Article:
Summer 2015-2016 had been a very hot and dry season and the strong El Niño phenomenon, which causes the hot and dry weather, resulted in a severe regional drought. The whole of the Kruger National Park is also feeling the pinch. For those unfamiliar with Nature’s regulatory rhythms it may sound like a disaster and might think of avoiding the Kruger altogether to spare themselves witnessing animals suffering. The truth is that a dry season might be one of the best times to visit the Kruger (although it is a magical place all the time, wet dry, hot or cold).

Thirsty leopard tortoise drinking from a puddle on the tar road after a brief rain shower

Yes, many grazers are not in peak condition as they have to travel long distances for water and food and certain species like hippo, buffalo, waterbuck and warthog are more susceptible to mortalities than others. All these species however, recover quite quickly.

Baboon licking rainwater droplets from a bridge railing

Yet, in spite of some animals inevitably dying during a drought, a visit to the Kruger right now it a great plan. Here’s why:

  1. Wild animals are much tougher than farm animals, and way, wa-a-ay tougher than humans. For the simple reason that climatic events and natural disasters, such as this drought, keep the gene pools healthy and strong. Witness survival of the fittest in all its glory when you see animals in great condition despite the drought.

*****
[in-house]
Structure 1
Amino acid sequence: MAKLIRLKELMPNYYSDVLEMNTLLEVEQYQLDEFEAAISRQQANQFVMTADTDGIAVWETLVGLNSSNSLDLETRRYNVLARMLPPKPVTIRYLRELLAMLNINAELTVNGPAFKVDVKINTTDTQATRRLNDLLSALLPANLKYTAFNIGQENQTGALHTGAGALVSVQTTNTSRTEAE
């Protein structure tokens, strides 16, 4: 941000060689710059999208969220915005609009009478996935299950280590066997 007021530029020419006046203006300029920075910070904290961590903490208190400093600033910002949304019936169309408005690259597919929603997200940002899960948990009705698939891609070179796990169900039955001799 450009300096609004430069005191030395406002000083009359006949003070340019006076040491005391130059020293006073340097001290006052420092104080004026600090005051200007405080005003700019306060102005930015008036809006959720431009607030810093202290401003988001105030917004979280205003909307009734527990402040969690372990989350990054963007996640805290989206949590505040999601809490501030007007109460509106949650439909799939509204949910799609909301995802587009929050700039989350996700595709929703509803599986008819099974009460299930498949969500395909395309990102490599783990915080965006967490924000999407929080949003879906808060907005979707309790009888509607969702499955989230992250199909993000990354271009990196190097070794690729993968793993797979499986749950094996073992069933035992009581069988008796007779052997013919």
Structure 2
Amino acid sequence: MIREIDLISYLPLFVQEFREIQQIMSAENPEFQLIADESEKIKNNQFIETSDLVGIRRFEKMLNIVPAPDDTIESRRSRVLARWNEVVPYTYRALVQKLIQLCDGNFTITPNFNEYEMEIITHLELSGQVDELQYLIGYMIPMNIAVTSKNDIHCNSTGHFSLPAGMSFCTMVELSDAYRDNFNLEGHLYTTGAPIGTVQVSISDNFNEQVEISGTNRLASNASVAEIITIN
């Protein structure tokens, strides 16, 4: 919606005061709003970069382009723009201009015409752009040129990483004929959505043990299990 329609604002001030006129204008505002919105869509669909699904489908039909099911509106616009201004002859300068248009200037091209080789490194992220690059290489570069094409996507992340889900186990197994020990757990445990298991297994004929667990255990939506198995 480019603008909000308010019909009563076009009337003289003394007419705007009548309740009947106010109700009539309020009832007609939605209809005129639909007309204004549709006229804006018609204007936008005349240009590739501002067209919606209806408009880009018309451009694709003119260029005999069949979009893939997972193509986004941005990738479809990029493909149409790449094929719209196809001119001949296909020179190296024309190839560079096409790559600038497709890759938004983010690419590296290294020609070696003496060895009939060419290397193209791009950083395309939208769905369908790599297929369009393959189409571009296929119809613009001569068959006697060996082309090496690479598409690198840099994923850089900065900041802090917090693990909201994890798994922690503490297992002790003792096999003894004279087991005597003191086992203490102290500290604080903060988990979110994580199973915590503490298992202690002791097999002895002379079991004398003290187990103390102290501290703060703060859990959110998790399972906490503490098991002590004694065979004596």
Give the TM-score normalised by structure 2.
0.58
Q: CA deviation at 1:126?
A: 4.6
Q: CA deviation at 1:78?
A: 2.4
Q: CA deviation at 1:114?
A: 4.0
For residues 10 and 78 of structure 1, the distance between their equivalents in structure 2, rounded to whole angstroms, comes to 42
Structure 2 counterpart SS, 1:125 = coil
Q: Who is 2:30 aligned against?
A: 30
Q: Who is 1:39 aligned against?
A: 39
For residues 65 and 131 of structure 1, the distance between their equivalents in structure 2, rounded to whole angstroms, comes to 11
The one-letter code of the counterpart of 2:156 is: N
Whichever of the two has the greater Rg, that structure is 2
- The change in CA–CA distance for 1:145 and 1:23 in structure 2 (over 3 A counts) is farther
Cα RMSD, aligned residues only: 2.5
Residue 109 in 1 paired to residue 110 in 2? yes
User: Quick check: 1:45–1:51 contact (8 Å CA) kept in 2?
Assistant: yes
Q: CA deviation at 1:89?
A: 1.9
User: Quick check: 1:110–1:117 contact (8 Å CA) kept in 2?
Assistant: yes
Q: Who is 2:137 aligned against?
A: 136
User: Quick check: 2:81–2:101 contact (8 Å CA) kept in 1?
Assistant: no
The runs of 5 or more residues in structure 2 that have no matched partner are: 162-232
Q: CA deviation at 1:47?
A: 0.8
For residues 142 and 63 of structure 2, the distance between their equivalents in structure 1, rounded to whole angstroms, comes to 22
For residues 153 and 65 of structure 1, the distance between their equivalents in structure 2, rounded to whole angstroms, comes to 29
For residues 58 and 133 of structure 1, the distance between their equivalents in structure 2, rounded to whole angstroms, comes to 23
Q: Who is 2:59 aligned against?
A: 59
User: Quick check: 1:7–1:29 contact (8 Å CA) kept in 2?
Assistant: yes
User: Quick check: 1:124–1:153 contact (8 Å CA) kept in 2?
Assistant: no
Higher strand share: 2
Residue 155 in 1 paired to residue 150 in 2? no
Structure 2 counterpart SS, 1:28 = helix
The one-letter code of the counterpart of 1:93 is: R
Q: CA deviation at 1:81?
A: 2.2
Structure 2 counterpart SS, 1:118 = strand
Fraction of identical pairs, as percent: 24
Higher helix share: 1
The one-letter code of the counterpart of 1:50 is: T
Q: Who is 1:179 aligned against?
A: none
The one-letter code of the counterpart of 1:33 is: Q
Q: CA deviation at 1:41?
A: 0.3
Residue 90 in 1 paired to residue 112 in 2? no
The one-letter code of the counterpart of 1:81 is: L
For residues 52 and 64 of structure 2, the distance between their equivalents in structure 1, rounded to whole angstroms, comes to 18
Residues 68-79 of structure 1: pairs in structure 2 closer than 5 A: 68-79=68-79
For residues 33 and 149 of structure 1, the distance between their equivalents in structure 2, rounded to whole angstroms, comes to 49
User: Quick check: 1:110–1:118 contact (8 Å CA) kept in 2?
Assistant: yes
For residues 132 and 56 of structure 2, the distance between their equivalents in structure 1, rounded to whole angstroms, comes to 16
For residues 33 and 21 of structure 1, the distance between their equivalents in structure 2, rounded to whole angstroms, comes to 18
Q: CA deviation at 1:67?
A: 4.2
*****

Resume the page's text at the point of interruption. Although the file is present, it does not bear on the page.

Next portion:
2. After a very wet season, the bush is thick and the grass tall. This means you are most probably driving right past some great hidden sightings. Waterholes, rivers and dams far from roads and tourists’ eyes are also keeping animals dispersed over wide areas. When it’s dry, there simply isn’t so much hiding place and you should see a lot more during a game drive.
  3. Light, scattered rain showers, like we’ve seen here and there over the past few weeks, and nightly dew run off the impermeable surface of paved roads, resulting in grass sprouting right next to the tar roads.  Well, close encounters with grazers couldn’t be easier.
  4. Park management has also opened up some waterholes in dry riverbeds to allow animals access to the water under the surface. Many of these waterholes are close to the roads.
  5. Predators and scavengers are having a blast – weakened prey is an all-you-can-eat buffet. Sightings of carnivores and kills are far more likely than usual.
  6.  Sightings of rare and unusual birds are being recorded all over the Park. Birds usually seen in other climatic regions or biomes have moved into the area and other species which are usually common has moved elsewhere. Great news for the birders with the big field guides and even bigger binoculars among you.
  7. And lastly, not as much a function of the drought than the time of year, the late winter – early spring weather in the Kruger National Park is just awesome. Warm days, cool nights and crystal clear skies all the time. This while the rest of South Africa is still shivering…

So make a reservation today, it’s something you just shouldn’t miss…

Photographs courtesy of Candice Botha Wildlife Photography (a local lass from Phalaborwa with an eye for wildlife like few other)

 

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